Why Meal Plan? Meal planning is such a crucial system to have in place. It…
5 Tips For Homesteaders to Homeschool From Behind
The first thing I want to say here is that there is no such thing as being behind when you are homeschooling. You are where you are, your kids are where they are supposed to be and that’s OK.
Even if your 13 yr old isn’t reading fluency, that’s OK. I know it’s stressful, I don’t want to diminish that.
I have been there, lying awake at night wondering if I’m hurting my kids by homeschooling them, if the schools can teach them better and how to solve the learning issues we’re having.
It’s all still going to be OK.
What got me through those times was to tell myself that they won’t be 20 yrs old and still not _______ (fill in the blank: reading, adding, multiplying, writing, etc). They just won’t. Relationships are so important and if you can maintain your relationship through this stressful time, they will find the motivation to learn whatever skill they are lacking. Kids want to rise up and they will if given the space and safety to do that.
Now that some fears may be dismissed, let’s get to the reason why you’re here. To learn how to homeschool when homesteading life gets busy.
We’ve all been there.
Whether it’s spring babies being born, getting the garden in, harvest and preserving time, 4H fair time, or any type of unforeseen crisis, homesteading can be very busy. Animals don’t wait to have their babies until we’re done with our homeschool, unfortunately. I know I’ve asked myself over the 20 years we’ve been living this homesteading life, if I’m doing OK because we didn’t do school yet again.
So, here are some tips to get through these times.
Tip #1: Schedules, Structures, Routines
I know, I have talked about this topic so much, but it’s literally what saved my homeschool! Scheduling has helped me over the years when I felt chaos looming.
If you have any type of homeschool schedule, structure, or routine in place, this is the time to lean into that. What I mean by that, is to let your schedule guide you, rely on it, use it to help keep you propped up during these busy homesteading days.
Here’s an example of what I mean:
You just came in from assisting your goat with her first birth. It went fine, but was stressful for a while. And of course, she picks supper time to have her babies!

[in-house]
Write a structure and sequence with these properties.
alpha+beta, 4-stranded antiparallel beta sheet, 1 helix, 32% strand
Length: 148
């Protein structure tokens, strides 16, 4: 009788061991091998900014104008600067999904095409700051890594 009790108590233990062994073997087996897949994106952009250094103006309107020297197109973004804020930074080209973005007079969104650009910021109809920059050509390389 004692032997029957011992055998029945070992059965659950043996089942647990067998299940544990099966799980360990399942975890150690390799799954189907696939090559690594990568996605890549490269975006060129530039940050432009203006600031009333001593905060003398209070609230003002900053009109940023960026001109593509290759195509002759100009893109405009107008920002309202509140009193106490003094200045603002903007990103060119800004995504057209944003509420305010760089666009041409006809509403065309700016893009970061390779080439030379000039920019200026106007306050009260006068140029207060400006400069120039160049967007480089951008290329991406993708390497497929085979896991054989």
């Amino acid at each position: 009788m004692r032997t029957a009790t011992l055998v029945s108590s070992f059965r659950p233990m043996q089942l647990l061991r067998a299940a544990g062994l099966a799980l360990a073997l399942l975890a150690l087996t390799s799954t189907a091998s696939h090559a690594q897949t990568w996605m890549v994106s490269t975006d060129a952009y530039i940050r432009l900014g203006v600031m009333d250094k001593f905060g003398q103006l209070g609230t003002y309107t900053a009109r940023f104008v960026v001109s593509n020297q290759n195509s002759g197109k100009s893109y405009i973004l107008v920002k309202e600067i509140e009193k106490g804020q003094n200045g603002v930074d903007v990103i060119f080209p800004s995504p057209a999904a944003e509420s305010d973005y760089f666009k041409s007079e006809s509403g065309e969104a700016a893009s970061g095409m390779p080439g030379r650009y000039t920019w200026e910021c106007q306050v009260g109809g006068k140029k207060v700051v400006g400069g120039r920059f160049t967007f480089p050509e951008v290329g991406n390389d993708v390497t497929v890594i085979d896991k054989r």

You are tired, worn out from the adrenaline rush and you still have hungry mouths to feed. Oh, and it’s 8 pm, way past normal supper time.
But, you have many systems in place to help you through this time. You go to your meal planner where you have 3 months of meals planned out and find something simple to cook for dinner.
The thinking has already been done for you. You just have to implement.
Spaghetti is on the menu. Perfect, easy and quick. While you get your water boiling, you notice the dishes need to be done and there is a pile of Legos and doll clothes strewn all over the floor.
So, you walk to the chore chart, where you have your chore system already planned, your kids have been trained to that system and the thinking and work have already been done for you.
You see that it’s your 7 yr old’s night to clean the living room and it’s your 10 yr old’s night for dishes. They get to work while you finish up supper. You also see that it’s laundry day, but you are way too tired. So you’ll rearrange the laundry days tomorrow when everyone is more rested.
That’s the flexibility of having systems in place.
If you have taken the time to plan, implement and train your children to these systems, you will be able to deal with whatever comes your way and not get bogged down in housework, cooking or other tasks that nag at us especially hard during times of crisis or excess busyness.
Would you like more help with schedules?
I have a complete Organized Homeschool Pack
to get you going.
Tip #2: Get Creative With Homeschooling
Regardless of whether you are homesteading or not, you are a busy homeschool mom. I understand. We are all just so darn busy!
Being creative with your homeschooling can help you during times of excess busyness or if a crisis hits your life. If you are really concerned about your child missing academics, thinking outside the box can really help you.
You can do school anywhere, and anything can be school. You don’t have to be sitting at your kitchen table in order for your kiddos to learn! The beauty of homeschooling is that you can do it anywhere at any time.
- If your child needs to work on their addition facts, have them recite their facts to you while you are mucking out stalls.
- If your child needs extra reading help, have them read the feed bags to you while you organize them or scoop out the grain.
- Maybe your child needs to learn their multiplication tables, so have them multiply how many hooves you need to clip.
- Discuss their literature book with them while you clean the chicken coop.